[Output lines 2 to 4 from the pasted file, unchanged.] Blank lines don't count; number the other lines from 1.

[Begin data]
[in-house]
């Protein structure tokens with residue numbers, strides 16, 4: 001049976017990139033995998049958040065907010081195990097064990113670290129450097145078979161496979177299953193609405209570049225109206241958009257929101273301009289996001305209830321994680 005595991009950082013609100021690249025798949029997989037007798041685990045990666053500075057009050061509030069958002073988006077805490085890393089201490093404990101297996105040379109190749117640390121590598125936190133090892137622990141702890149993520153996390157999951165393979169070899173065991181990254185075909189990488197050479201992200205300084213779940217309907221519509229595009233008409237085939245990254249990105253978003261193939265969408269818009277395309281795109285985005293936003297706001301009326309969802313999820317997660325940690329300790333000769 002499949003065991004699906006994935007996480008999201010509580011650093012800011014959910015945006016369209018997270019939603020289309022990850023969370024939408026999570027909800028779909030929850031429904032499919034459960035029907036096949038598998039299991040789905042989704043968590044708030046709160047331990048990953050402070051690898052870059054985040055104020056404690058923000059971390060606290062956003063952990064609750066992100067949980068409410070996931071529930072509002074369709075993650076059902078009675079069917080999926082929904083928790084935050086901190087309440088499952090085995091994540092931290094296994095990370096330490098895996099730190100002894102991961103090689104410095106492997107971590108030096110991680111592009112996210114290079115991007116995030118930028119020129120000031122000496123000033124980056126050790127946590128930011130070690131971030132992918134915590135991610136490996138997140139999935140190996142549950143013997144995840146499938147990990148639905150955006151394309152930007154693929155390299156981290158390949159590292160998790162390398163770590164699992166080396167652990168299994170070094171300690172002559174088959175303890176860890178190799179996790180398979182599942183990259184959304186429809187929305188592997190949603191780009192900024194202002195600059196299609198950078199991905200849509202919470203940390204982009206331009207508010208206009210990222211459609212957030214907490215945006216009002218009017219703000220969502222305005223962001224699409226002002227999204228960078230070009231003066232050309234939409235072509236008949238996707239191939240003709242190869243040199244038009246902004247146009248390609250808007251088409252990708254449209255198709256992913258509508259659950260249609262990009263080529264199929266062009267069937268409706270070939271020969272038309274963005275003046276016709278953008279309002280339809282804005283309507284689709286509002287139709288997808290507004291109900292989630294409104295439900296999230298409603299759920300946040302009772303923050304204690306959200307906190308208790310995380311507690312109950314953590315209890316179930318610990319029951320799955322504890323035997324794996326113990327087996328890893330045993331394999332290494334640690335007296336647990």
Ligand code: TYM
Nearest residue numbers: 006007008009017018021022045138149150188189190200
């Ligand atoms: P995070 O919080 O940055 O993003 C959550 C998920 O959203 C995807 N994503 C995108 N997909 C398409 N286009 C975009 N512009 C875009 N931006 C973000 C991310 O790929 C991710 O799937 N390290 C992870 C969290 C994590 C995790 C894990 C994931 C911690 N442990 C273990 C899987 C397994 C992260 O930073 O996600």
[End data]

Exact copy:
């Protein structure tokens with residue numbers, strides 16, 4: 001049976017990139033995998049958040065907010081195990097064990113670290129450097145078979161496979177299953193609405209570049225109206241958009257929101273301009289996001305209830321994680 005595991009950082013609100021690249025798949029997989037007798041685990045990666053500075057009050061509030069958002073988006077805490085890393089201490093404990101297996105040379109190749117640390121590598125936190133090892137622990141702890149993520153996390157999951165393979169070899173065991181990254185075909189990488197050479201992200205300084213779940217309907221519509229595009233008409237085939245990254249990105253978003261193939265969408269818009277395309281795109285985005293936003297706001301009326309969802313999820317997660325940690329300790333000769 002499949003065991004699906006994935007996480008999201010509580011650093012800011014959910015945006016369209018997270019939603020289309022990850023969370024939408026999570027909800028779909030929850031429904032499919034459960035029907036096949038598998039299991040789905042989704043968590044708030046709160047331990048990953050402070051690898052870059054985040055104020056404690058923000059971390060606290062956003063952990064609750066992100067949980068409410070996931071529930072509002074369709075993650076059902078009675079069917080999926082929904083928790084935050086901190087309440088499952090085995091994540092931290094296994095990370096330490098895996099730190100002894102991961103090689104410095106492997107971590108030096110991680111592009112996210114290079115991007116995030118930028119020129120000031122000496123000033124980056126050790127946590128930011130070690131971030132992918134915590135991610136490996138997140139999935140190996142549950143013997144995840146499938147990990148639905150955006151394309152930007154693929155390299156981290158390949159590292160998790162390398163770590164699992166080396167652990168299994170070094171300690172002559174088959175303890176860890178190799179996790180398979182599942183990259184959304186429809187929305188592997190949603191780009192900024194202002195600059196299609198950078199991905200849509202919470203940390204982009206331009207508010208206009210990222211459609212957030214907490215945006216009002218009017219703000220969502222305005223962001224699409226002002227999204228960078230070009231003066232050309234939409235072509236008949238996707239191939240003709242190869243040199244038009246902004247146009248390609250808007251088409252990708254449209255198709256992913258509508259659950260249609262990009263080529264199929266062009267069937268409706270070939271020969272038309274963005275003046276016709278953008279309002280339809282804005283309507284689709286509002287139709288997808290507004291109900292989630294409104295439900296999230298409603299759920300946040302009772303923050304204690306959200307906190308208790310995380311507690312109950314953590315209890316179930318610990319029951320799955322504890323035997324794996326113990327087996328890893330045993331394999332290494334640690335007296336647990």
Ligand code: TYM
Nearest residue numbers: 006007008009017018021022045138149150188189190200